But I started to get a dream. What if I could someday make enough money from Teach 4 the Heart that I could spend all my time (i.e. a couple hours during naps) creating helps & resources for teachers instead of doing this random freelance work that, while I don’t hate, I’m not really that passionate about either. 

What if I could spend more time creating helps & resources for teachers?

With this dream in my mind, I started to get a little bit more intentional about my blog. I continued to improve it and put time into it, even though it made hardly any money.

Then in the summer of 2014, I started working on an online classroom management course. I would share all the things I wish I had understood as a first-year teacher with the goal of helping other teacher avoid the pitfalls I fell into and get to the point where they could actually be effective (and finally enjoy teaching, too).

So I created the course (working feverishly to finish it before I had my 2nd baby and finally putting on the finishing touches literally as I was going into labor).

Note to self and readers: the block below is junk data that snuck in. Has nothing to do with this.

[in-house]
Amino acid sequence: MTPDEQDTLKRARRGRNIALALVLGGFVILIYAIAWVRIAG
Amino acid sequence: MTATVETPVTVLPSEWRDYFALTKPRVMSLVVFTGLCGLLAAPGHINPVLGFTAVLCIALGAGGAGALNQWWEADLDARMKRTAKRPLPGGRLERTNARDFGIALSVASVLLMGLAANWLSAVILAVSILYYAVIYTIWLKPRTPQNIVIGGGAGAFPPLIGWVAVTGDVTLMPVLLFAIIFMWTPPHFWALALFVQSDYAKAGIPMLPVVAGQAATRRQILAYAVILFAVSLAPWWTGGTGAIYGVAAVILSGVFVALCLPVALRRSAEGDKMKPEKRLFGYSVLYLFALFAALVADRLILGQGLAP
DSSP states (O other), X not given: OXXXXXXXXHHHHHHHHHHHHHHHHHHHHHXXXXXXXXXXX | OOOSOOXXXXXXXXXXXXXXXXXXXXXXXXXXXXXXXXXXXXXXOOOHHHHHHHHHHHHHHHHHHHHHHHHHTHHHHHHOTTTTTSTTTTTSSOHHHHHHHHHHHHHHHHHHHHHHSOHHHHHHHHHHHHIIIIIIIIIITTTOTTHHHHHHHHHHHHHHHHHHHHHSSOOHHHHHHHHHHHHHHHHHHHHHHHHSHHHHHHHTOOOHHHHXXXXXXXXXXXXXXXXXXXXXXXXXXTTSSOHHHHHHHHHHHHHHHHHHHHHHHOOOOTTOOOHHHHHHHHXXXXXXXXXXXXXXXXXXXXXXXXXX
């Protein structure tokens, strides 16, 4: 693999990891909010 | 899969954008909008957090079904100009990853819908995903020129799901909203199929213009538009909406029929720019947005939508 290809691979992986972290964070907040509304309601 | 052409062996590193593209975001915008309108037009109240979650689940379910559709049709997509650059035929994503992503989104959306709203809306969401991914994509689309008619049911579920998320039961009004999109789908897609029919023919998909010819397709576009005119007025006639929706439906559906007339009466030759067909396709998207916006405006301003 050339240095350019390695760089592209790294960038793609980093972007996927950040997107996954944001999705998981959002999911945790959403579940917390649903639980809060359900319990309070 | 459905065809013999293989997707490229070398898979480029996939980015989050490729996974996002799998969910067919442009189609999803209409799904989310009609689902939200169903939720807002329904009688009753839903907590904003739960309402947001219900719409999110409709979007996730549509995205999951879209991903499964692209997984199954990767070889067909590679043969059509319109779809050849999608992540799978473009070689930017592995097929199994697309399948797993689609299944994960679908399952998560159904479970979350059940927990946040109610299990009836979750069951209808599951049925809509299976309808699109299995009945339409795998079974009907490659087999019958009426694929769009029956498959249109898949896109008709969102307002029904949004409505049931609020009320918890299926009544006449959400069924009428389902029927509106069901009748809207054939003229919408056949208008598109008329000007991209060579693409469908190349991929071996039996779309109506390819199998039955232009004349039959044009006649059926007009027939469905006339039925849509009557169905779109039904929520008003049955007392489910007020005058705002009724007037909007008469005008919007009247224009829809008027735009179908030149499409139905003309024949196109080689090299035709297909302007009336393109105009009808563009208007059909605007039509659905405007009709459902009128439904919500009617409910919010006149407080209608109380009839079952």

When I released the course, things started to change. That first launch made $1,316, and I was in somewhat of a state of shock.

But before you think “Shopping spree!!” remember my goal. I needed to make up this hole in my budget, and to this point I had been doing it with freelance work. Now, for the first time, I was able to make up a huge chunk of that hole with work from what I loved – helping teachers.

Something switched that day. I now knew that I could and should spend more time working on Teach 4 the Heart and less time on freelance – something I simply could not have done if I had given away the course for free.

This past year I’ve been working to tip the scales so that I spend more time on the blog and on creating more resources than I do on freelance.

And just this last week, I finally hit an awesome milestone. With the success of the back-to-school promotion for Classroom Management 101, I finally got to say “I’m sorry, I’m not available to work on this freelance project.”

I’m finally officially 100% working for Teach 4 the Heart. 🙂

Now I can work towards creating more online courses, more resources, and more free articles to help teachers grow and improve. I have so many ideas, and now I don’t have to split my time between creating them and doing random freelance projects to make ends meet. 

Now I don’t have to split my time.